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Single-chip device for wireless USB interconnects debuts

Posted: 13 Sep 2007     Print Version  Bookmark and Share

Keywords:single-chip wireless USB  UWB transceiver  PCIe  application-level throughput 

A start-up has announced a single-chip device for wireless USB interconnects at a time when the standard continues to face delays coming to market. Wisair followed the path set by Staccato Communications by putting a UWB transceiver in one CMOS chip.

Wisair said it can deliver 100Mbps of application-level throughput with its WSR601 chip when used as an external USB plug-in device and 300Mbps when integrated natively into a system. The 130nm chip consumes 250mW average and 600mW peak and will sell as a full module for under Rs.606.72 ($15).

The chip can be used as either an endpoint or hub for internal system designs, or as external dongles that plug into a wired USB port. Wisair has sampled the chip and expects it to be in production before the end of the year. A next-generation product will support PCIe to enable better throughput for internal designs.

The Wisair chip supports only the 3-5GHz spectrum of the Band Group 1 as defined by the WiMedia Alliance. Competitor Alereon Inc. recently rolled a two-chip device using SiGe that supports frequencies from 3GHz to 10GHz to pave the way for protocols such as Bluetooth 3.0 residing in higher bands.

Although many companies have been pursuing wireless USB as an initial market for UWB chips, only a handful of products have been shipped to date. Most wireless USB proponents are waiting for final certification of their parts from the USB Implementers Forum and the WiMedia Alliance.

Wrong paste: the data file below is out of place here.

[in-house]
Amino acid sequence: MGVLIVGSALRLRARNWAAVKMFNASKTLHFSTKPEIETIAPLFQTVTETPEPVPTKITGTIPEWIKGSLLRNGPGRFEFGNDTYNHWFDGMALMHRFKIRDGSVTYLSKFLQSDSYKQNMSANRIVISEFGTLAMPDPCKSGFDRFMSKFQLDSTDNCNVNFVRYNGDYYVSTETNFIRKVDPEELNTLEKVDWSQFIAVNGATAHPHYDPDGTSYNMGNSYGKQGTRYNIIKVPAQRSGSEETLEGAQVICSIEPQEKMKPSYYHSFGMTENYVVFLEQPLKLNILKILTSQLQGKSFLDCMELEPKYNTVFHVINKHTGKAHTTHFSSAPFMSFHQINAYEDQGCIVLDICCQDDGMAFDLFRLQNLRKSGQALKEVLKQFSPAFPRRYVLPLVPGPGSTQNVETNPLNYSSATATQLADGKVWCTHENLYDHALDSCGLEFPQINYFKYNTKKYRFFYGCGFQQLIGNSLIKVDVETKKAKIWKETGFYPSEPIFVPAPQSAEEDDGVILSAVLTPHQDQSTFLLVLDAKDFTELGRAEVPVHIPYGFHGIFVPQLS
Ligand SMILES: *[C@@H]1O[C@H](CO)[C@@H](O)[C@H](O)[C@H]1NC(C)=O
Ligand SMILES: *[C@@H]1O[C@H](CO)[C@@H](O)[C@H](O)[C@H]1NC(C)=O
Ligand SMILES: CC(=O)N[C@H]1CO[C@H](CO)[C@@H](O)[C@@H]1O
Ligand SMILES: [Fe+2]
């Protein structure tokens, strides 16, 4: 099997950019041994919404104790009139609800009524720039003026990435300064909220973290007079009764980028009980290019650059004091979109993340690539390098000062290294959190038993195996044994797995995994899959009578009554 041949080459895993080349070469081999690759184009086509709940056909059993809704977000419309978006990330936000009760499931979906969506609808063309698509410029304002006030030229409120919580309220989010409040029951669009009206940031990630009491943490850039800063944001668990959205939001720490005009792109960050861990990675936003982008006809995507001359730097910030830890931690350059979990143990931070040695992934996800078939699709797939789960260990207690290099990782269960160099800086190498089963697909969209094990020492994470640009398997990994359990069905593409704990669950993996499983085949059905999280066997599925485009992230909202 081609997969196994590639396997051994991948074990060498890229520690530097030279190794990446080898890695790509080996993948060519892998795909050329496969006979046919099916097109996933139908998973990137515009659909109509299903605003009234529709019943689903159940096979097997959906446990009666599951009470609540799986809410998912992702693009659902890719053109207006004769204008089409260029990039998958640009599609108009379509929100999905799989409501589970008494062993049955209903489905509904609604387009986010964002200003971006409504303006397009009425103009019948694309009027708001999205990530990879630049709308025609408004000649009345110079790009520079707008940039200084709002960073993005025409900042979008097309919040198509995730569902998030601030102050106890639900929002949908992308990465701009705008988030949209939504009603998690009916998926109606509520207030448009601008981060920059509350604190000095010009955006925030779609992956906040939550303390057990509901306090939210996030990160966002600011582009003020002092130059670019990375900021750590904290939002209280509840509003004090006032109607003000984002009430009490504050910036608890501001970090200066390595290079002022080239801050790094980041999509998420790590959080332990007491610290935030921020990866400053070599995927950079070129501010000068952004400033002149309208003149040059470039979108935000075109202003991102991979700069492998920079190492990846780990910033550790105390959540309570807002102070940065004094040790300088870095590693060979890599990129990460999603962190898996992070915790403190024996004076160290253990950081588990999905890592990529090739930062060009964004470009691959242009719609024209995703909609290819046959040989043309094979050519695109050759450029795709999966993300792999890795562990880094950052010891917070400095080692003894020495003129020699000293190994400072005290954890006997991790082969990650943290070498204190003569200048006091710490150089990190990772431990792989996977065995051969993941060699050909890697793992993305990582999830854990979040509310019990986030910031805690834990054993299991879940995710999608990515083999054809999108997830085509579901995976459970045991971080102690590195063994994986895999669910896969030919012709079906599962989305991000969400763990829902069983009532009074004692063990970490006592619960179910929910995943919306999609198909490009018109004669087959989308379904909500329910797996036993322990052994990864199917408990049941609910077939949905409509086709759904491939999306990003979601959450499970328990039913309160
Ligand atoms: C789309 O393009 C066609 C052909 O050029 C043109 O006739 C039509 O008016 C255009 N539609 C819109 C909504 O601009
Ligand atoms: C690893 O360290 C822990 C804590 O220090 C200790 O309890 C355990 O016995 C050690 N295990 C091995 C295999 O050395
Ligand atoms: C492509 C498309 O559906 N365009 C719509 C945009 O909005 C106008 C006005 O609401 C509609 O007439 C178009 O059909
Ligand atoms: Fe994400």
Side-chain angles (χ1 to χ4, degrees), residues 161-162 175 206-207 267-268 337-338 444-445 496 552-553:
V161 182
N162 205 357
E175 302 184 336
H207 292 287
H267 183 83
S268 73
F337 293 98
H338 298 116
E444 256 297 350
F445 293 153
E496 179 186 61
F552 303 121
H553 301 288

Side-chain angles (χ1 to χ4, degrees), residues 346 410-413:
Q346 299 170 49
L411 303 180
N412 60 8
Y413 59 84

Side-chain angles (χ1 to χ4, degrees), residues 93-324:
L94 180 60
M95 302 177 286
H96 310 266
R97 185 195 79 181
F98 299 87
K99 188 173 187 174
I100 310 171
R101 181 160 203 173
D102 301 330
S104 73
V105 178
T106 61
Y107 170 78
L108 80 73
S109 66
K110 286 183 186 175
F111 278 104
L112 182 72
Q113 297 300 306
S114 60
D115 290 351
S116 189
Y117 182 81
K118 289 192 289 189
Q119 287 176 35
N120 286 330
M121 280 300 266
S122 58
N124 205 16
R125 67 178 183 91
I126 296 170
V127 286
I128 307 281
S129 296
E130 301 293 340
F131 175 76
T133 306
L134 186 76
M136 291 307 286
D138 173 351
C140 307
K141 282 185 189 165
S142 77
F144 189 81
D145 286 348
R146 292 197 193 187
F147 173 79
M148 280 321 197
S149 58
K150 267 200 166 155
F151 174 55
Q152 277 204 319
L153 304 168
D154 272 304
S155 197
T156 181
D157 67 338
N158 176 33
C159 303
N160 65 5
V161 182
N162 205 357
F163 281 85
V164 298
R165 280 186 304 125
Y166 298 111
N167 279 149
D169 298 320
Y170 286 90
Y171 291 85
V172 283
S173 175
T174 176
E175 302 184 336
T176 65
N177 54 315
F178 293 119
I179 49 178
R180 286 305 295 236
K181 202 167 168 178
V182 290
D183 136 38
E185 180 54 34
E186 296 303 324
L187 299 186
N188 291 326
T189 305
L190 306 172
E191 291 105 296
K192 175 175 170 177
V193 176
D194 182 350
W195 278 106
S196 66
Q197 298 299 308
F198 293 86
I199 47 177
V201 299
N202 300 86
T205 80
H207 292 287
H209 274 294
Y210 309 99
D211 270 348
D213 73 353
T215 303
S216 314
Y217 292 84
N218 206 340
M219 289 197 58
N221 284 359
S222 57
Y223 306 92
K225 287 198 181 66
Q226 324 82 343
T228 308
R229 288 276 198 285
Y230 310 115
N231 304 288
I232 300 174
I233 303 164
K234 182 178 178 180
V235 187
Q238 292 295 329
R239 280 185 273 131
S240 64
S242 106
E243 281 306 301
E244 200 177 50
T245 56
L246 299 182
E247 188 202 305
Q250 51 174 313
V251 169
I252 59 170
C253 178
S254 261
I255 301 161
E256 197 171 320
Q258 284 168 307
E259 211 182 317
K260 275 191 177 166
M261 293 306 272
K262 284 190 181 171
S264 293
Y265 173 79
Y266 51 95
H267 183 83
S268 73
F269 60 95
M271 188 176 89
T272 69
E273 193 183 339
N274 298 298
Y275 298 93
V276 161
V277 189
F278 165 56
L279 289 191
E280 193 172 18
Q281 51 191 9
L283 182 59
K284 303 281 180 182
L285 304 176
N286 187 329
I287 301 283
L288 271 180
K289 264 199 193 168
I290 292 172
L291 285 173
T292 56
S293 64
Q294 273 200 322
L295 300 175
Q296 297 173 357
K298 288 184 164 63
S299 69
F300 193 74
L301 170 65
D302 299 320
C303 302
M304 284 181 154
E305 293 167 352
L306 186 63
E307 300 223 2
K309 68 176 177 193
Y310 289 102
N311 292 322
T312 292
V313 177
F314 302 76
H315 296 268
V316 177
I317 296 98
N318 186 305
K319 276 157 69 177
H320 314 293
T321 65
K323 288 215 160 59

'Making progress'
Roberto Aiello, chief technology officer for Staccato, is optimistic that products with certification from both groups will ship before year's end —about a year later than the group had planned.

"We are making progress," said Aiello. "We don't want to ship prestandard products, so we have to go through these gates."

In January 2006, Staccato launched a single-chip wireless USB transceiver using an 110nm process. It delivers throughput of less than 80Mbps when used in an external dongle, consumes 500mW average and is also available as a module for less than Rs.606.72 ($15).

"The whole idea of our company was to produce a single chip in CMOS," Aiello said. "Many people have efforts on this path, and I think everyone will have single-chip parts eventually."

Like many wireless USB chip designers, Staccato and Wisair target mobile systems, hoping their chips will someday be designed into millions of cellphones and other portable products. Staccato is working on a prototype with Korean carrier SK Telecom that hopes to use UWB to broadcast media to and between cellphones.

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